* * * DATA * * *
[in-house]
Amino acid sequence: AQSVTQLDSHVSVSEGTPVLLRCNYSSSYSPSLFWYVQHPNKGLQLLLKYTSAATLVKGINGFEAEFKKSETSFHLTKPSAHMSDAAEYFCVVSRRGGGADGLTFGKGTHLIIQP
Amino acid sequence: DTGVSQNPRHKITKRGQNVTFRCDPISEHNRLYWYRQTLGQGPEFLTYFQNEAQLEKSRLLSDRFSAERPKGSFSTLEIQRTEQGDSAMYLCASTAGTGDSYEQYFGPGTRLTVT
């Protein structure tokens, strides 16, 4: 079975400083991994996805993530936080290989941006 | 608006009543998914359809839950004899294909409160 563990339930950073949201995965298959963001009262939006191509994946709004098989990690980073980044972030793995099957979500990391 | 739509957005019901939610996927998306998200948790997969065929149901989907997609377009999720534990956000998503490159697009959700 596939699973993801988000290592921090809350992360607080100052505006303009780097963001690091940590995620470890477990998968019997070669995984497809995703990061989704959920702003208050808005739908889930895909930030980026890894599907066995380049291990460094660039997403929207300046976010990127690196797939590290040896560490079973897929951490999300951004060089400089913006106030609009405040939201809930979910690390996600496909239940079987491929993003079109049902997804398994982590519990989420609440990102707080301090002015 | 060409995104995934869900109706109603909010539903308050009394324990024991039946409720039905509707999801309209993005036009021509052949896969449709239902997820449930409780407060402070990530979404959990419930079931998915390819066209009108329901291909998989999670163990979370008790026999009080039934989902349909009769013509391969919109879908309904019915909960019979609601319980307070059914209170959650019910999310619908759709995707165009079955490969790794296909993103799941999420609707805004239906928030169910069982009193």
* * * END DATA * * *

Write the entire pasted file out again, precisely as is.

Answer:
[in-house]
Amino acid sequence: AQSVTQLDSHVSVSEGTPVLLRCNYSSSYSPSLFWYVQHPNKGLQLLLKYTSAATLVKGINGFEAEFKKSETSFHLTKPSAHMSDAAEYFCVVSRRGGGADGLTFGKGTHLIIQP
Amino acid sequence: DTGVSQNPRHKITKRGQNVTFRCDPISEHNRLYWYRQTLGQGPEFLTYFQNEAQLEKSRLLSDRFSAERPKGSFSTLEIQRTEQGDSAMYLCASTAGTGDSYEQYFGPGTRLTVT
């Protein structure tokens, strides 16, 4: 079975400083991994996805993530936080290989941006 | 608006009543998914359809839950004899294909409160 563990339930950073949201995965298959963001009262939006191509994946709004098989990690980073980044972030793995099957979500990391 | 739509957005019901939610996927998306998200948790997969065929149901989907997609377009999720534990956000998503490159697009959700 596939699973993801988000290592921090809350992360607080100052505006303009780097963001690091940590995620470890477990998968019997070669995984497809995703990061989704959920702003208050808005739908889930895909930030980026890894599907066995380049291990460094660039997403929207300046976010990127690196797939590290040896560490079973897929951490999300951004060089400089913006106030609009405040939201809930979910690390996600496909239940079987491929993003079109049902997804398994982590519990989420609440990102707080301090002015 | 060409995104995934869900109706109603909010539903308050009394324990024991039946409720039905509707999801309209993005036009021509052949896969449709239902997820449930409780407060402070990530979404959990419930079931998915390819066209009108329901291909998989999670163990979370008790026999009080039934989902349909009769013509391969919109879908309904019915909960019979609601319980307070059914209170959650019910999310619908759709995707165009079955490969790794296909993103799941999420609707805004239906928030169910069982009193």